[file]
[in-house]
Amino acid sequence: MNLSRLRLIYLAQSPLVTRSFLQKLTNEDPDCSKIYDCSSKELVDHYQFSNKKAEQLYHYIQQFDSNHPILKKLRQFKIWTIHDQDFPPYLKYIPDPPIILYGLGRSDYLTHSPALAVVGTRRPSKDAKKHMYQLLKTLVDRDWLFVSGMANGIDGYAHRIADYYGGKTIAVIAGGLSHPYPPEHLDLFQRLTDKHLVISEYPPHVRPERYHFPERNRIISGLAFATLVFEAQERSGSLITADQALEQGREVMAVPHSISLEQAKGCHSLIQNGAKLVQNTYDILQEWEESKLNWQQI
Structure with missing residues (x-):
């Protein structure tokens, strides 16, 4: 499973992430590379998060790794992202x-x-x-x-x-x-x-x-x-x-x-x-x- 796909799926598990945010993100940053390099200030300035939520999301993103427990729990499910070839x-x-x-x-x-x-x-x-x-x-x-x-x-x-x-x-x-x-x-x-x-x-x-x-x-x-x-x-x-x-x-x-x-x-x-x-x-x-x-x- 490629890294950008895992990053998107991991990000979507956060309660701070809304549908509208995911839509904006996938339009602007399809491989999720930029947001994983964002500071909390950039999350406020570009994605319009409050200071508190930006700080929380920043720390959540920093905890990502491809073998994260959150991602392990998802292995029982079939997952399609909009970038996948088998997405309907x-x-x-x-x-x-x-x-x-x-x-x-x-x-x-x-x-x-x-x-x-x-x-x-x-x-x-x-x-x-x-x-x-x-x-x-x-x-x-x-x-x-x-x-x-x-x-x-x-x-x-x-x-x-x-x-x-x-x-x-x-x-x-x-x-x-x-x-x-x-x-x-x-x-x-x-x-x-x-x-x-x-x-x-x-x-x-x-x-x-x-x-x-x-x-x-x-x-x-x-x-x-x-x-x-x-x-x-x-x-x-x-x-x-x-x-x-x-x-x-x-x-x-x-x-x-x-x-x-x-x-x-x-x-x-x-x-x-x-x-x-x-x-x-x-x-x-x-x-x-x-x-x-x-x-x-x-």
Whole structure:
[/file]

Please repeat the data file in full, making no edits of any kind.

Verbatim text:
[in-house]
Amino acid sequence: MNLSRLRLIYLAQSPLVTRSFLQKLTNEDPDCSKIYDCSSKELVDHYQFSNKKAEQLYHYIQQFDSNHPILKKLRQFKIWTIHDQDFPPYLKYIPDPPIILYGLGRSDYLTHSPALAVVGTRRPSKDAKKHMYQLLKTLVDRDWLFVSGMANGIDGYAHRIADYYGGKTIAVIAGGLSHPYPPEHLDLFQRLTDKHLVISEYPPHVRPERYHFPERNRIISGLAFATLVFEAQERSGSLITADQALEQGREVMAVPHSISLEQAKGCHSLIQNGAKLVQNTYDILQEWEESKLNWQQI
Structure with missing residues (x-):
């Protein structure tokens, strides 16, 4: 499973992430590379998060790794992202x-x-x-x-x-x-x-x-x-x-x-x-x- 796909799926598990945010993100940053390099200030300035939520999301993103427990729990499910070839x-x-x-x-x-x-x-x-x-x-x-x-x-x-x-x-x-x-x-x-x-x-x-x-x-x-x-x-x-x-x-x-x-x-x-x-x-x-x-x- 490629890294950008895992990053998107991991990000979507956060309660701070809304549908509208995911839509904006996938339009602007399809491989999720930029947001994983964002500071909390950039999350406020570009994605319009409050200071508190930006700080929380920043720390959540920093905890990502491809073998994260959150991602392990998802292995029982079939997952399609909009970038996948088998997405309907x-x-x-x-x-x-x-x-x-x-x-x-x-x-x-x-x-x-x-x-x-x-x-x-x-x-x-x-x-x-x-x-x-x-x-x-x-x-x-x-x-x-x-x-x-x-x-x-x-x-x-x-x-x-x-x-x-x-x-x-x-x-x-x-x-x-x-x-x-x-x-x-x-x-x-x-x-x-x-x-x-x-x-x-x-x-x-x-x-x-x-x-x-x-x-x-x-x-x-x-x-x-x-x-x-x-x-x-x-x-x-x-x-x-x-x-x-x-x-x-x-x-x-x-x-x-x-x-x-x-x-x-x-x-x-x-x-x-x-x-x-x-x-x-x-x-x-x-x-x-x-x-x-x-x-x-x-």
Whole structure: